Thirdly, Tomcat is an expandable architecture. It might be worthwhile to make this auxiliary service be an independent engine bolted on to the Tomcat framework instead of having to re-invent the functionality and architecture yourself. That's especially true should you decide to use the Servlet class as your basis.

So much for listening ports and mechanisms. As far as sessions go, that's a little trickier. The HttpSession is a transient object created and maintained for the benefit of a particular client/server conversation. Since HTTP is a series of "one-off" request-response cycles, the Session is a way to make what would otherwise be stateless be stateful. In the case of the normal web process, the session has an ID that keys into the session storage within the server and attaches the session and its related objects to a given request based on that key so that clients and their sessions are properly matched up. The session ID is provided either as an appendage to the outgoing URL or in a cookie (or sometimes both places).

Because the session is created and destroyed within the context of a web application, it's not really reliable for use anywhere else. The session may be timed out and invalidated by the HTTP/JEE Server, not created yet, or even explicitly destroyed by the primary webapp. Furthermore, there's no API to obtain the session ID (which is proper, since it's not supposed to be meddled with outside of the J(2)EE API), nor is there a guaranteed way for extra-webapp code to resolve that ID into a Java HttpSession object. All the more so, since in extreme cases, that might require fetching the session data and reconstructing the session object from serial storage in the case of servers running clustered or doing session "paging".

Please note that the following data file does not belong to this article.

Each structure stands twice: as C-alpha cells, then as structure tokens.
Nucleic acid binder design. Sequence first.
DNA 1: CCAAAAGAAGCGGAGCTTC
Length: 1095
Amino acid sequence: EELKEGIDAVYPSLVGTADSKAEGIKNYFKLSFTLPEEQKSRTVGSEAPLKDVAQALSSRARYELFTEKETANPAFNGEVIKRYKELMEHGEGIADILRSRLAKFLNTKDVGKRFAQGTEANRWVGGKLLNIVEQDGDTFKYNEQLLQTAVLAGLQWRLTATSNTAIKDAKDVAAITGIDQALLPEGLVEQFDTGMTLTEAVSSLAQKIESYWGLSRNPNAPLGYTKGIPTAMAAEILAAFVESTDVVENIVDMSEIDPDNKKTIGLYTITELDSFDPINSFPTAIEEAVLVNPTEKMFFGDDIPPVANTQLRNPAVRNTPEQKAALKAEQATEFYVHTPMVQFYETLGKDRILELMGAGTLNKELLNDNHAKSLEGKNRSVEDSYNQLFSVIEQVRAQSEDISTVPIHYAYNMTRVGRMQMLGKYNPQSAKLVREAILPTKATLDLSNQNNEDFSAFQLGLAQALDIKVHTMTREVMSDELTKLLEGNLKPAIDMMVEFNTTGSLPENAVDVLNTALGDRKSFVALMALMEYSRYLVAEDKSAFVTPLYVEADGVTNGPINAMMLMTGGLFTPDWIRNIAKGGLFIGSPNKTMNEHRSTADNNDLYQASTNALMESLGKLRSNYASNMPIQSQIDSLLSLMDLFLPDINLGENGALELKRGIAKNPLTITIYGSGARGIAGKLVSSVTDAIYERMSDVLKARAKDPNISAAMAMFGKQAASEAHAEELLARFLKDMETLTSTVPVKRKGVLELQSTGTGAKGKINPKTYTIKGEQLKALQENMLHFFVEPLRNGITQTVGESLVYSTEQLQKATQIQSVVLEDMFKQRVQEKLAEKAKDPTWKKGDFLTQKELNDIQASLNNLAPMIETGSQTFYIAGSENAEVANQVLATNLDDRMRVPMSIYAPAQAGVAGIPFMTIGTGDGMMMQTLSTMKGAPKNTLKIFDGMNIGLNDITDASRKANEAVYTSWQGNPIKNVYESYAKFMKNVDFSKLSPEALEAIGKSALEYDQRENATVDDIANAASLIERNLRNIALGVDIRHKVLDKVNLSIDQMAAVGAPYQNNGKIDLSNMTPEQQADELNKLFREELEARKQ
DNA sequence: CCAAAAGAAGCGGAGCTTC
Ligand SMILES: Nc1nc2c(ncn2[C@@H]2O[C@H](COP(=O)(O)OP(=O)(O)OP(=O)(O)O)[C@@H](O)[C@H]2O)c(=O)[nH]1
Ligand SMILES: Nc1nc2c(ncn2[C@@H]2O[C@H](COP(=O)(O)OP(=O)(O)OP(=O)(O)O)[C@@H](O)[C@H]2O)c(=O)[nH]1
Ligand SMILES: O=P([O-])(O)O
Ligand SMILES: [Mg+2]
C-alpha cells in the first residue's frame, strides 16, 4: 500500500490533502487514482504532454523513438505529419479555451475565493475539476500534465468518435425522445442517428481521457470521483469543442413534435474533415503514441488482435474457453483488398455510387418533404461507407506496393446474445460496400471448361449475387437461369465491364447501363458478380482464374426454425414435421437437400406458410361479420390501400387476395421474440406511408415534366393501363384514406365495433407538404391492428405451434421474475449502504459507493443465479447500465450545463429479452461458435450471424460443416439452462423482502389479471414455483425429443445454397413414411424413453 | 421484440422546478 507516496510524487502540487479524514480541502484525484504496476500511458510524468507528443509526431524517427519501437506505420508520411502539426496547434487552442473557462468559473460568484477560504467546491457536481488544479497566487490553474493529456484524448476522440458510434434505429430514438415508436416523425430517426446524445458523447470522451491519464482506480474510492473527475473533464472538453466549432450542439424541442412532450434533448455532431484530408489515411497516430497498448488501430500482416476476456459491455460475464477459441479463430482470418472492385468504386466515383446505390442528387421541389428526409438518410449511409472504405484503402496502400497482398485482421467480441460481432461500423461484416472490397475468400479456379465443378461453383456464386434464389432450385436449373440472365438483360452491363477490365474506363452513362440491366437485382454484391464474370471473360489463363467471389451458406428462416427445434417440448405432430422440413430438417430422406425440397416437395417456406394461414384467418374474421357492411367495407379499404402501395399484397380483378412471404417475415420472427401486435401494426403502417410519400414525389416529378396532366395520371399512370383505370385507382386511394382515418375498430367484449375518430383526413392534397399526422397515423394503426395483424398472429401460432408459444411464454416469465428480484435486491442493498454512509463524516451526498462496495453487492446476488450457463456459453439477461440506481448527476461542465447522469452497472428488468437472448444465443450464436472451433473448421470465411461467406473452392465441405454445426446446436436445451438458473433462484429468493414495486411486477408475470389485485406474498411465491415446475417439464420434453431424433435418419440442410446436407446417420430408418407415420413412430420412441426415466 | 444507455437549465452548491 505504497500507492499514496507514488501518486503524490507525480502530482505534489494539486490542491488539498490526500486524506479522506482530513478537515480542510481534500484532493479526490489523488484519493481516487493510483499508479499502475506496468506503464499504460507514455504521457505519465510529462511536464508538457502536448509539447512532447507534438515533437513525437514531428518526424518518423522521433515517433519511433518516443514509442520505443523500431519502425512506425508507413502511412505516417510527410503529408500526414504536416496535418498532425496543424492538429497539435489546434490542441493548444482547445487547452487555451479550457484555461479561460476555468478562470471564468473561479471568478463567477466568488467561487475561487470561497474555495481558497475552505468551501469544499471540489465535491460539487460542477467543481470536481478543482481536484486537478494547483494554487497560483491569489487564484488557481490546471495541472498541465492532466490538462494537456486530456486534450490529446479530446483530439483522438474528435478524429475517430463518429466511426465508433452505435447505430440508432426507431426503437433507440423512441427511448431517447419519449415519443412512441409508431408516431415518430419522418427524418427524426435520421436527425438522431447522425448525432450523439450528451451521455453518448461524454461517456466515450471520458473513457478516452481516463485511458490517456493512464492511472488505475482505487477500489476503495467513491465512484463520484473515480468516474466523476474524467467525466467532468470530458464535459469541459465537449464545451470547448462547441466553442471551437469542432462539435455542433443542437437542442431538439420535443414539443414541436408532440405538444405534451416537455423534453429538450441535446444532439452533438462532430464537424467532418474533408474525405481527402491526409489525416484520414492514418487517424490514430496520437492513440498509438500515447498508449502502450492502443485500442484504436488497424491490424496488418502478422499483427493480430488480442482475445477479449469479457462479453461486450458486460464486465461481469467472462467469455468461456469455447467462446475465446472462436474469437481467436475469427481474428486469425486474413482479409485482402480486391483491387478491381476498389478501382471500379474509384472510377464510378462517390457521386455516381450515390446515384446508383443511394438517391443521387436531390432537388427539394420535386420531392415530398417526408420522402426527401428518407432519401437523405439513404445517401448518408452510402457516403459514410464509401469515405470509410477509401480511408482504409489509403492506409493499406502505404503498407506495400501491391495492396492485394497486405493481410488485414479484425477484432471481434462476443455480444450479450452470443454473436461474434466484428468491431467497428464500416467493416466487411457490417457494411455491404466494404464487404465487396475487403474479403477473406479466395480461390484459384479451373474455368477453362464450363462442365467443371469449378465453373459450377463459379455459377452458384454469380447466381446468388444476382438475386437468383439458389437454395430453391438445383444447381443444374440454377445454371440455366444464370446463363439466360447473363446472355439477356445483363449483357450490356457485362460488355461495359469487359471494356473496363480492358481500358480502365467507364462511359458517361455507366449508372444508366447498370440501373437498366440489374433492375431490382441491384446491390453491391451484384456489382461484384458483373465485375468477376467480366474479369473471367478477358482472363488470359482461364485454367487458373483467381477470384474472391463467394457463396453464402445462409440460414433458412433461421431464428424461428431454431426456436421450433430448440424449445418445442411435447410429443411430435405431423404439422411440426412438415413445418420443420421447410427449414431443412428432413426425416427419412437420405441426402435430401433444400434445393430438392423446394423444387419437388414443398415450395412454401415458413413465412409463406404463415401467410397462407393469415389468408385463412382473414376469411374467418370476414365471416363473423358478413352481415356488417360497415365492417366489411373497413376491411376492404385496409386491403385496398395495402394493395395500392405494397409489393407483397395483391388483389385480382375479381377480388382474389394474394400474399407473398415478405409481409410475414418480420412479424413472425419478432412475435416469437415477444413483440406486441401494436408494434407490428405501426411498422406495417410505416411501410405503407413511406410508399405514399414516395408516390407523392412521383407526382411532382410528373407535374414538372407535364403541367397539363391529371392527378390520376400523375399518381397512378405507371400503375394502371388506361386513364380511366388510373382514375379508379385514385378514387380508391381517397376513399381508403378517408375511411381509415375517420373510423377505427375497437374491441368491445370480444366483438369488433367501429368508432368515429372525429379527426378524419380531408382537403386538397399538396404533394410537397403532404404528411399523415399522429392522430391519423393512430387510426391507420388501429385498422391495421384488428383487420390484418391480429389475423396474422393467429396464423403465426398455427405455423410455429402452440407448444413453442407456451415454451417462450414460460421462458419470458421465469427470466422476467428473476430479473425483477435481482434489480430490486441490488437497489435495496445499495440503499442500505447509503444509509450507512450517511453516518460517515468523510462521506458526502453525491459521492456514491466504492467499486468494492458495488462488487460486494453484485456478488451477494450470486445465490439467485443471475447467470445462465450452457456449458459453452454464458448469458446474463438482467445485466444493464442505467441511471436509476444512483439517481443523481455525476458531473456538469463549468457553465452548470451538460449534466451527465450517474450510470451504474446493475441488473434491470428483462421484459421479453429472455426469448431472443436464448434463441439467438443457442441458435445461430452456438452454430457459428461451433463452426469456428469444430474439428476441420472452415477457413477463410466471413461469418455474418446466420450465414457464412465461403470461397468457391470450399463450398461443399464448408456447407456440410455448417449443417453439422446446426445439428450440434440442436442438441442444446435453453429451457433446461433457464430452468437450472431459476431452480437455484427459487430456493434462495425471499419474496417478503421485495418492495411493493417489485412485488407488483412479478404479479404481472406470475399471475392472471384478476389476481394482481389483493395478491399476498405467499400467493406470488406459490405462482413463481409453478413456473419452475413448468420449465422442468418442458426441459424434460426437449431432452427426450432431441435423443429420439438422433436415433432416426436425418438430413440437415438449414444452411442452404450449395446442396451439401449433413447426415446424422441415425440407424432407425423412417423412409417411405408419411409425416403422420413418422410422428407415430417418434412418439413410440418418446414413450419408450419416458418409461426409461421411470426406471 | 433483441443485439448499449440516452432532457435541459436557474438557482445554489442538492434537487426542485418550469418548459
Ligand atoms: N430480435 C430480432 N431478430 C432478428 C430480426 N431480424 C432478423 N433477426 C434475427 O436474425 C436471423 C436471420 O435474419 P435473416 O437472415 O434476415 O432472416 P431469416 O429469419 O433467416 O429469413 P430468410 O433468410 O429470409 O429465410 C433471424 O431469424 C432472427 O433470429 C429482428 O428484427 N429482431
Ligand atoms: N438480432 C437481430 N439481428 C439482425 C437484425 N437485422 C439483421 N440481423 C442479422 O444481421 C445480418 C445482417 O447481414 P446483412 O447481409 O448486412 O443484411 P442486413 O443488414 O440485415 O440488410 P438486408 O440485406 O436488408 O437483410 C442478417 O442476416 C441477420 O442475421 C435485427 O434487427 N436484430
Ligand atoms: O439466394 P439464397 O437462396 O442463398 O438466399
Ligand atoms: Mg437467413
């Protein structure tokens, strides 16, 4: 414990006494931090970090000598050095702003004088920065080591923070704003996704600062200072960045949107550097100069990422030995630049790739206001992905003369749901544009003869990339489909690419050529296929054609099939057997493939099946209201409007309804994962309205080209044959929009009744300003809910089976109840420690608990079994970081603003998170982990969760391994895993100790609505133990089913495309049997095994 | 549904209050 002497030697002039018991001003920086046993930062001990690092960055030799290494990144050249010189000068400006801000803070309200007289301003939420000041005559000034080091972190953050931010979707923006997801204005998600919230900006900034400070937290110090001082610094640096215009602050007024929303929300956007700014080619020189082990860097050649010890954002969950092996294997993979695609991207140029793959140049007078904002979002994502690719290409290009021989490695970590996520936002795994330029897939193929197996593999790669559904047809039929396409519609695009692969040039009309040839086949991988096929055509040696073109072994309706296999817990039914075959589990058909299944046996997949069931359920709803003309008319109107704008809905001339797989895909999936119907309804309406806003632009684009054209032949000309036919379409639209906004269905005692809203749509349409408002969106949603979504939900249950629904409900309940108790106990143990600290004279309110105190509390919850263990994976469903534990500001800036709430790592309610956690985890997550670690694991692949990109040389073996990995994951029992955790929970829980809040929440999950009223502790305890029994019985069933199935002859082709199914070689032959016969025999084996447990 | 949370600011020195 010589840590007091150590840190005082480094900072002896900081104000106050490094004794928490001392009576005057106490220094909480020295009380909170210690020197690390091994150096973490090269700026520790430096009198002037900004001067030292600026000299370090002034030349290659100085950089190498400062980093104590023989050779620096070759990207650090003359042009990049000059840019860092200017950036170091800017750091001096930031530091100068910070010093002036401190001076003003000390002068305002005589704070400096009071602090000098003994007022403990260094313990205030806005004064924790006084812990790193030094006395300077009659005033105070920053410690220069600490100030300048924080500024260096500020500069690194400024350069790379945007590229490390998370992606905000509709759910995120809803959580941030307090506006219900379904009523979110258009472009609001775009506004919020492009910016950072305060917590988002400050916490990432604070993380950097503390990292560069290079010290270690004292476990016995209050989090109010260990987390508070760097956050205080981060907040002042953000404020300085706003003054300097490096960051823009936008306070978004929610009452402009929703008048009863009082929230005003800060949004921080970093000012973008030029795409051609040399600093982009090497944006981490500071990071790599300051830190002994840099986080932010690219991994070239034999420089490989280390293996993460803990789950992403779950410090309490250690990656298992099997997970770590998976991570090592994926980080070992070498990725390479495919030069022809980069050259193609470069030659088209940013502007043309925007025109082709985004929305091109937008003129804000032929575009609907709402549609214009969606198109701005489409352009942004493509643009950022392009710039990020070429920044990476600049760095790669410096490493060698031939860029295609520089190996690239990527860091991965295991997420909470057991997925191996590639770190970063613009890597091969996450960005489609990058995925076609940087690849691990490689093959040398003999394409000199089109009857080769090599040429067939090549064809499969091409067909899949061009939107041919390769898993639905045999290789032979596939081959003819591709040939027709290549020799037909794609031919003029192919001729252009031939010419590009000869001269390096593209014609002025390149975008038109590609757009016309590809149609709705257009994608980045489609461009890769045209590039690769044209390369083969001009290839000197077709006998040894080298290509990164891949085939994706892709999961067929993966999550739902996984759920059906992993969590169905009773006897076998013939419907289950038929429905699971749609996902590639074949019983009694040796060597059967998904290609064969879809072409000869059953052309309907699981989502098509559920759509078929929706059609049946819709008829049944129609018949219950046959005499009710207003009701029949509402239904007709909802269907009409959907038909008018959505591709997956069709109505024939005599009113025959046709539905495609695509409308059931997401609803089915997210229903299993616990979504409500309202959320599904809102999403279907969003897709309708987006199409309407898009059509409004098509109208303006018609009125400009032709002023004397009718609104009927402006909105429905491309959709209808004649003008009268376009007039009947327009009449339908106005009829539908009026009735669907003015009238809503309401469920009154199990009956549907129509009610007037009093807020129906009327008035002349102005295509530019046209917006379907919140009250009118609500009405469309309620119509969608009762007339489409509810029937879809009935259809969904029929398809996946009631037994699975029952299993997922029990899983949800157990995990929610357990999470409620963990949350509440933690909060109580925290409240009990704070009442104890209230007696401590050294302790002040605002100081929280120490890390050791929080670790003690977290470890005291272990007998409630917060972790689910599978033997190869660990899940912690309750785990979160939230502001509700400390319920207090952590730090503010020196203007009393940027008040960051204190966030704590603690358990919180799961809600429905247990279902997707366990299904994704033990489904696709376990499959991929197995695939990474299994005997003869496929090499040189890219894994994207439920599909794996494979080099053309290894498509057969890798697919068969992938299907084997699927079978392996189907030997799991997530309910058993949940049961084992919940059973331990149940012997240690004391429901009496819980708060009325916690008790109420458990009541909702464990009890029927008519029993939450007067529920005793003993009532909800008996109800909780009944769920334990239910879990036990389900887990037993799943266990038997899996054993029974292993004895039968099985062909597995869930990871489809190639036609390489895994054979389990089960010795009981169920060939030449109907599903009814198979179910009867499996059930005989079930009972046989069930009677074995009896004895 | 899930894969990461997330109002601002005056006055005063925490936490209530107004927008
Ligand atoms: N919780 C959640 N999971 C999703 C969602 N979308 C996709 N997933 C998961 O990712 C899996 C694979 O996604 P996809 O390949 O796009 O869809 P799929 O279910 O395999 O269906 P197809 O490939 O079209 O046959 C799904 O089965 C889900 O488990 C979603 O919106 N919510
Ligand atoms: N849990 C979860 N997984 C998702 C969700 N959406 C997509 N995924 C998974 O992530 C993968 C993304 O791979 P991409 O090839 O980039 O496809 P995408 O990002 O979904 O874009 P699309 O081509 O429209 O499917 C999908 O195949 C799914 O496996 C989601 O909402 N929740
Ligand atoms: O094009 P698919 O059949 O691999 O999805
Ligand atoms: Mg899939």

So if you want to tie a webapp and an independent serving process together neatly and reliably, you'll need to provide your own mechanism.


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Pavel Kazlou
Ranch Hand

Joined: Sep 07, 2009
Posts: 33
Thank you, Tim, for such complete and clear explanation. It really helps to stop thinking of wrong ways to solve my problem =)
Extending tomcat's standard functionality is a very interesting idea, but some time should be spent as my knowledge of tomcat architecture is very basic. I'll report back in case of a successful solution using this approach.
As for session accessing my googling bring me to an interesting interface in servlet API - HttpSessionContext. It was deprecated long time ago making sessions know nothing about each other and proving the concept of working with session only in scope of request.

At the moment I have no clear idea of how to solve the problem, but thanks to you guys I can narrow down my choices to some particular and viable (I hope!) solutions =)